I was not supposed to be in the seat I stole inside the press gallery of the United States Supreme Court.
I was a 36-year old intern with unfettered judicial curiosity who spent four weeks working for a television network assigned to cover SCOTUS in the last week of June of 2012.
Let me repeat that: intern, unpaid, on the wrong side of 30.
I was there because I wanted an experience in media I could learn from and report out to the scores of students to whom I teach law and government in Chicago, but what I didn’t expect was that my age would pay off as it did.
When entering the press gallery, an armed security guard looks for either a hard press pass (i.e. legit SCOTUS journalist) or a disposable paper pass (i.e. intern). You are then waved either to the right, into the gallery seats, or to the left. Go right and you’ll get as close as anyone ever gets inside the Court to the justices. Go left and two rows of feeble wooden chairs are relegated behind massive marble (Ionic? Doric?) columns with equally massive obstructed-views and terrible sound.
I had a unique set of circumstances that equated to advantages, relative to the other interns, that made my illicit press access into the fortress that is the Supreme Court different and easier. First, I so clearly looked much older than they did, and therefore likely was either mistaken or “passed” for a Supreme Court advocate or an actual journalist by the guards and secret service. (Perhaps finally the adage “age before beauty” worked in my favor.) I also arrived earlier than the other interns each morning and got a better spot in the press line one must wait in before security ushers press into the gallery. But most importantly, I kept my mouth shut and my head down. The barrage of questions the interns asked anyone and everyone nearby endeared them less and less to the journalists in line or seated near them. Security personnel, who must have Masters degrees in “shushing,” were also not fans of the constant inquiries.
When I arrived, the guard looked at my pass, appeared confused (again, I’m not 22), and gave me no nod. And there was my opportunity.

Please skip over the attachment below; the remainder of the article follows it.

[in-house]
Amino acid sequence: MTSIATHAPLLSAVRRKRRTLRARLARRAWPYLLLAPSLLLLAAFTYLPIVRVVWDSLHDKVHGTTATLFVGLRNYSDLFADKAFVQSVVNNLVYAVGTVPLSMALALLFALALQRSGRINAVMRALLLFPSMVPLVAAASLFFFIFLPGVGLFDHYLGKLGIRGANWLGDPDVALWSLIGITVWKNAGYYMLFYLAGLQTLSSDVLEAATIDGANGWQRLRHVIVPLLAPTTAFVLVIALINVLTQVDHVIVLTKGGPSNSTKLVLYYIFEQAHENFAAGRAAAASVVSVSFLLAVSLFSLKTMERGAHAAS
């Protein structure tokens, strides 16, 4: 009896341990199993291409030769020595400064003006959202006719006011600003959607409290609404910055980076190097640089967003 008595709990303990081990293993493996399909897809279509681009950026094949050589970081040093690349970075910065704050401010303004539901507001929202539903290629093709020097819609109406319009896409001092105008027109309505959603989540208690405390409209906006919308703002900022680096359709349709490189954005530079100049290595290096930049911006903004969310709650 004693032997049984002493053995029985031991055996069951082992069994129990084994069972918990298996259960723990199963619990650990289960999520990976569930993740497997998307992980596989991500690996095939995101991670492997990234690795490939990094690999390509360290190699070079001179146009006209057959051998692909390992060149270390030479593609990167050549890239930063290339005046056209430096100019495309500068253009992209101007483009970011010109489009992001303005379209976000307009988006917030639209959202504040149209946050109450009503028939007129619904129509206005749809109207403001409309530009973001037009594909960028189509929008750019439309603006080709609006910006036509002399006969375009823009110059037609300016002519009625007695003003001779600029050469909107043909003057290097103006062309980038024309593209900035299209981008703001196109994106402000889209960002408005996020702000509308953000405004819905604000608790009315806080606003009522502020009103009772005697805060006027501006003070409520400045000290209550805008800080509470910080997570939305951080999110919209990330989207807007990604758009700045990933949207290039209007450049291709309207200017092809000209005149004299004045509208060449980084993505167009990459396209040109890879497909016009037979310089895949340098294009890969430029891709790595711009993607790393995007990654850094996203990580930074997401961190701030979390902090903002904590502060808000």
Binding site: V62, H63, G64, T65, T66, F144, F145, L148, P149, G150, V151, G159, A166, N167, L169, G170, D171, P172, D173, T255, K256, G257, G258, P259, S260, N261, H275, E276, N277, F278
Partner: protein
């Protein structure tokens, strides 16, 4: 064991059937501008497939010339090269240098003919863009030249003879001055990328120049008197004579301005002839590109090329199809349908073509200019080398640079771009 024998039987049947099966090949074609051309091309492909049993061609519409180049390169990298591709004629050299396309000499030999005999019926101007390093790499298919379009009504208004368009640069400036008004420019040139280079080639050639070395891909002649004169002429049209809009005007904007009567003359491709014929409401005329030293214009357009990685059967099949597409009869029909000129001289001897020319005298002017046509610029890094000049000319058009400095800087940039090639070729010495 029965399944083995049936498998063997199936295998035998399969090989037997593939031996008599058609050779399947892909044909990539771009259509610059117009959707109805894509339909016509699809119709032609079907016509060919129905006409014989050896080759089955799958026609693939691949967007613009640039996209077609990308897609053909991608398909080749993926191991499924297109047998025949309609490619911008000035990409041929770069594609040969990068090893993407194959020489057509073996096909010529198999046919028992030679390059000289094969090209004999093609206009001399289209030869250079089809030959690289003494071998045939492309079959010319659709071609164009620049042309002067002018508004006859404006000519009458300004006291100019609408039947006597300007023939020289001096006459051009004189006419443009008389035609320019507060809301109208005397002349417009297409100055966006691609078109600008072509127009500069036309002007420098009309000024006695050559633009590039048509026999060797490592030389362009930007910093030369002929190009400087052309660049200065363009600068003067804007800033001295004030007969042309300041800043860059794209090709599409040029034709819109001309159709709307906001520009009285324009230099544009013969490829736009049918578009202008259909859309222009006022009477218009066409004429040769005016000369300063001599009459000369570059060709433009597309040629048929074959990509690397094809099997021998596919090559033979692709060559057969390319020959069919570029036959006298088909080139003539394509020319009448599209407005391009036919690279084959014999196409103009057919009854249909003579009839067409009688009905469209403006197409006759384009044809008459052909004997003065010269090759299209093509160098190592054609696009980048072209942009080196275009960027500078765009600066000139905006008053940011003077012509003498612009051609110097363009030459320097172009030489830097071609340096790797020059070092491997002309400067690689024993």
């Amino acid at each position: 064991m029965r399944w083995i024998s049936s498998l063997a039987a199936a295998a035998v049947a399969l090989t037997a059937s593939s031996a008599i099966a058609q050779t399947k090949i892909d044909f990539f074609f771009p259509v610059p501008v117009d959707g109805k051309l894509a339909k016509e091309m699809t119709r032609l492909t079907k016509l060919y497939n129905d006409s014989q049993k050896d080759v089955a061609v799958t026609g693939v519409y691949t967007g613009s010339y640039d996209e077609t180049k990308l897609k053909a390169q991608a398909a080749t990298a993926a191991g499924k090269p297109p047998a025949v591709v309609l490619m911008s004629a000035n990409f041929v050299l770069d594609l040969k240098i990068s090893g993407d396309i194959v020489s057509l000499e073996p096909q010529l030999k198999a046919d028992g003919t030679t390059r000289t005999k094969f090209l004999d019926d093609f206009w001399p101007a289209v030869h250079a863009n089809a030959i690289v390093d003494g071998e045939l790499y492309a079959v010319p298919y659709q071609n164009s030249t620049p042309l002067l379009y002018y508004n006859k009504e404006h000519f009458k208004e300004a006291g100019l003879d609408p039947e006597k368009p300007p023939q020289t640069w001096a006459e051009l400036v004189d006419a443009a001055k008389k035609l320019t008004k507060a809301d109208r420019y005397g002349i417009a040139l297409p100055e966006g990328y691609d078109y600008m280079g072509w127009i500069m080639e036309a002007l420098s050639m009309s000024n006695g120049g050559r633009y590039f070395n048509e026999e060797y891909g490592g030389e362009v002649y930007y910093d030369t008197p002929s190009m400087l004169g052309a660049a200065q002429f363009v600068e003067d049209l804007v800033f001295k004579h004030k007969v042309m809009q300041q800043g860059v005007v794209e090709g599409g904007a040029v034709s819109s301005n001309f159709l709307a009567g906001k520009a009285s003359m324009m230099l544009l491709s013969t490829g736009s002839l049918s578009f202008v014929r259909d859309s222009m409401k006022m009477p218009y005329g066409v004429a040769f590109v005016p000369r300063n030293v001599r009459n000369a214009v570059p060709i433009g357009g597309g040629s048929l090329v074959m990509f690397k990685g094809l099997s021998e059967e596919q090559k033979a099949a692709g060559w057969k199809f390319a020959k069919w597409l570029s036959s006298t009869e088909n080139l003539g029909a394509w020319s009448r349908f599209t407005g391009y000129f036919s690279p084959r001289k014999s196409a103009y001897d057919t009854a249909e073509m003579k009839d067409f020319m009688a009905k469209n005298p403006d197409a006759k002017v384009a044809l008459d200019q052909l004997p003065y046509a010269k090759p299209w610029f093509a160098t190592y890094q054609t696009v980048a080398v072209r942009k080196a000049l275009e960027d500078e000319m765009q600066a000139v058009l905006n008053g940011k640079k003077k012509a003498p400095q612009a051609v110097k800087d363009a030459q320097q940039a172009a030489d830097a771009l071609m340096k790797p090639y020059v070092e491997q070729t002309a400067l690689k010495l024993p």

Would I interpret his bewilderment to mean, “Go to the right. Sit at the adults table, with the pillars of legal reporting, chatting up Jeffrey Toobin, spotting Nina Totenberg’s fancy shoes, Politico, the Washington Post, CNN, and former justices in the general public rows?” Or did I take my seat at the kids’ table where I would no doubt spend 20 minutes listening to the co-eds complain about their summer housing assignments and law school application processes? It being easier to ask forgiveness than permission, I took the security guard’s insouciance as a sign to go right. I took my seat in the press gallery.
I was steeped in Ivy League educations and Supreme Court clerkships, Brooks Brothers and Mont Blanc. Desperate not to be found out and forcibly removed, I kept my head down, ears open and tried not to let my public education show.
Jeffrey Toobin began to chat us up. We were regaled with stories about his impending travels to Asia to promote The Oath. He and Totenberg were regularly “shushed” by security.
Then two journalists from semi-major networks couldn’t remember who replaced Justice O’Connor on the bench. “Was it Kagan or Sotomayor? Or the other way around?” one man asked the other. Wait…what? I couldn’t help myself. I answered (Alito). They thanked me (and, more importantly, didn’t ask to see my hard press pass, or lack thereof).
Sandra Day O’Connor sat directly across from our gallery seats next to Justice John Paul Stevens. Iconic white bob and bow tie? Check, check. Her do-not-mess-with-my-Grutter–decision stone face was not lost on me. (This was the day the post-Grutter affirmative action decision in Fisher v. The University of Texas would likely decide the future of race-conscious college admissions processes.)
To be in the same room with 11 of the 12 living justices was profoundly momentous, special, pinch-worthy, elating, unparalleled, and historic for me. To have a seat—undeserved though it was—inside the Court listening to the majority opinions and dissents on affirmative action, the Voting Rights Act, and same-sex marriage was all the payment this intern could’ve wanted. This happened only twice while I was there, but for both days I got to sit with and observe how the 26 journalists who have hard press passes inside the Supreme Court do what they do.
Oh, and my teaching and curriculum design are better because of it, too.Cara Gallagher teaches high school in Chicago. Her blog SupremeBystandr, where she reports on the Court from an educator’s perspective for an audience who does not speak legalese, was inspired by this experience.